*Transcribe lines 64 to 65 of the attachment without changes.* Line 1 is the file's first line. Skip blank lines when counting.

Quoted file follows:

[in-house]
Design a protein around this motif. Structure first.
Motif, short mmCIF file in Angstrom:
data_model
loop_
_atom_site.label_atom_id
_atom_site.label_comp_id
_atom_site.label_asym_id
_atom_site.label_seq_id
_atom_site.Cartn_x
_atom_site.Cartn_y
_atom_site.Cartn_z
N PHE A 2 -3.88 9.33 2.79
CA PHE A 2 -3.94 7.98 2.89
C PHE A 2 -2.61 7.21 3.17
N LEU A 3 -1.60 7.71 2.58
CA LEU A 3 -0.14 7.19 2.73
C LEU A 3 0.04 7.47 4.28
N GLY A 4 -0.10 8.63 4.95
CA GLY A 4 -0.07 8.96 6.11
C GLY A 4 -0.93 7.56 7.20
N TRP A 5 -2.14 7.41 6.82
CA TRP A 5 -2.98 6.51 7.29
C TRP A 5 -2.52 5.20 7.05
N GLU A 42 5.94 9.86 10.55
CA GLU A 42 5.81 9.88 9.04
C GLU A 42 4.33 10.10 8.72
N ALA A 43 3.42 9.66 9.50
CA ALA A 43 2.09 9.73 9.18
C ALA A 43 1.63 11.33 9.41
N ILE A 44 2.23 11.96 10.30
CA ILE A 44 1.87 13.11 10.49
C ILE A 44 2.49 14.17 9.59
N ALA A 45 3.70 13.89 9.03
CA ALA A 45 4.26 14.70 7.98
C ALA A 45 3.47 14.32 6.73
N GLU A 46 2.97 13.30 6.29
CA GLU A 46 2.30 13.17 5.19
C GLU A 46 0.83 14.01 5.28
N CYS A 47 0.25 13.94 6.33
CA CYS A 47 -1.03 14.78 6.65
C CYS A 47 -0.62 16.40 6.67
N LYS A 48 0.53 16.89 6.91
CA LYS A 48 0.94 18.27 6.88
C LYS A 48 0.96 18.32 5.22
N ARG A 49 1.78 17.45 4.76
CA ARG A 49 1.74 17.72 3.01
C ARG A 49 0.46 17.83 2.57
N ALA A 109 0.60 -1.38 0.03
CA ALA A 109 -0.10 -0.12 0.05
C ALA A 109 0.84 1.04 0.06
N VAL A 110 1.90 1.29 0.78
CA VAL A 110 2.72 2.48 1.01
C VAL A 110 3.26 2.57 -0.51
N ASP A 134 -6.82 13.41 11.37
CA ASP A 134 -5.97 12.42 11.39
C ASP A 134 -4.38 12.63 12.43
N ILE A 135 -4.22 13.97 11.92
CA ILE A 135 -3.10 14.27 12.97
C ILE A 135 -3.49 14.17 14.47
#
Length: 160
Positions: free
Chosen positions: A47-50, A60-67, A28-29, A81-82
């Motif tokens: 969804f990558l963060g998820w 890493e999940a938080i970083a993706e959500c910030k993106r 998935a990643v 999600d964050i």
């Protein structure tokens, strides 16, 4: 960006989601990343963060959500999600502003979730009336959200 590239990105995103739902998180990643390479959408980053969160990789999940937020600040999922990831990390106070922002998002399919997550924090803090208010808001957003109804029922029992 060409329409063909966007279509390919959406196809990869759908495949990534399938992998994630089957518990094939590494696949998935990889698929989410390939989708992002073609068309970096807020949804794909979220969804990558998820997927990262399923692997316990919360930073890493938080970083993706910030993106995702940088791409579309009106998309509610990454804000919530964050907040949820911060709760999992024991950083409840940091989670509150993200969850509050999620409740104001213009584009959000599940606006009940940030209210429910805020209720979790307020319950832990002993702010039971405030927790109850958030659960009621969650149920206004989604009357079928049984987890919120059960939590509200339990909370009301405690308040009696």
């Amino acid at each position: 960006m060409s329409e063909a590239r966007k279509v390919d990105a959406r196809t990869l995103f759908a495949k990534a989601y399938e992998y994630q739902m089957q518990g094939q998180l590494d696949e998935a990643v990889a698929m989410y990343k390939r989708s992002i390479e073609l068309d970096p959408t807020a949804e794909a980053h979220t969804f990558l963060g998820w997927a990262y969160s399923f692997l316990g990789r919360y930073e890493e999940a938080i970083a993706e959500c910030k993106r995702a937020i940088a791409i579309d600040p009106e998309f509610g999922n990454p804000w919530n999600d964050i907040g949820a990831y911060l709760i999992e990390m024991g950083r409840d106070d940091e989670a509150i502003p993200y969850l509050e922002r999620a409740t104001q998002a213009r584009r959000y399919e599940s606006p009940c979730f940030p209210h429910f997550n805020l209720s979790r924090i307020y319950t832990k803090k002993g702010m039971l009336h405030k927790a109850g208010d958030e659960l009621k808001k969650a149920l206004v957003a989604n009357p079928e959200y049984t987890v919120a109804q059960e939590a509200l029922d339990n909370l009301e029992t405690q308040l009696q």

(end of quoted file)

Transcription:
Chosen positions: A47-50, A60-67, A28-29, A81-82
């Motif tokens: 969804f990558l963060g998820w 890493e999940a938080i970083a993706e959500c910030k993106r 998935a990643v 999600d964050i």